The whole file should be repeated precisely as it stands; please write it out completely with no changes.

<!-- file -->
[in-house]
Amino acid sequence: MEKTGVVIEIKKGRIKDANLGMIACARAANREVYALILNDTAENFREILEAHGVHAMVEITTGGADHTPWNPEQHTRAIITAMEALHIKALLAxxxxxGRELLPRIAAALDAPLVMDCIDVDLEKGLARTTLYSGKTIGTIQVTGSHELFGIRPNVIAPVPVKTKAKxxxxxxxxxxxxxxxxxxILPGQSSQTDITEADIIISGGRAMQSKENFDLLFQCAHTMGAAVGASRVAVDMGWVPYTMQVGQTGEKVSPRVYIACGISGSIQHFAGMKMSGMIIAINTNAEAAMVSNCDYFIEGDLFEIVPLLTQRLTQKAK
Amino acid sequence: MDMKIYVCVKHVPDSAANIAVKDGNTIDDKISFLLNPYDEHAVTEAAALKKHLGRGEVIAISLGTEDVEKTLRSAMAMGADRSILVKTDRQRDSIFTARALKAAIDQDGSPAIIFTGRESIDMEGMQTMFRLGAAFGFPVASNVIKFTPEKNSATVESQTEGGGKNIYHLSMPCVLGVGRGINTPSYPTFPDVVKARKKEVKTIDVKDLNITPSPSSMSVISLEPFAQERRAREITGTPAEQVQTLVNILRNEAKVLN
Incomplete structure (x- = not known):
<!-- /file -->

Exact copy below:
[in-house]
Amino acid sequence: MEKTGVVIEIKKGRIKDANLGMIACARAANREVYALILNDTAENFREILEAHGVHAMVEITTGGADHTPWNPEQHTRAIITAMEALHIKALLAxxxxxGRELLPRIAAALDAPLVMDCIDVDLEKGLARTTLYSGKTIGTIQVTGSHELFGIRPNVIAPVPVKTKAKxxxxxxxxxxxxxxxxxxILPGQSSQTDITEADIIISGGRAMQSKENFDLLFQCAHTMGAAVGASRVAVDMGWVPYTMQVGQTGEKVSPRVYIACGISGSIQHFAGMKMSGMIIAINTNAEAAMVSNCDYFIEGDLFEIVPLLTQRLTQKAK
Amino acid sequence: MDMKIYVCVKHVPDSAANIAVKDGNTIDDKISFLLNPYDEHAVTEAAALKKHLGRGEVIAISLGTEDVEKTLRSAMAMGADRSILVKTDRQRDSIFTARALKAAIDQDGSPAIIFTGRESIDMEGMQTMFRLGAAFGFPVASNVIKFTPEKNSATVESQTEGGGKNIYHLSMPCVLGVGRGINTPSYPTFPDVVKARKKEVKTIDVKDLNITPSPSSMSVISLEPFAQERRAREITGTPAEQVQTLVNILRNEAKVLN
Incomplete structure (x- = not known):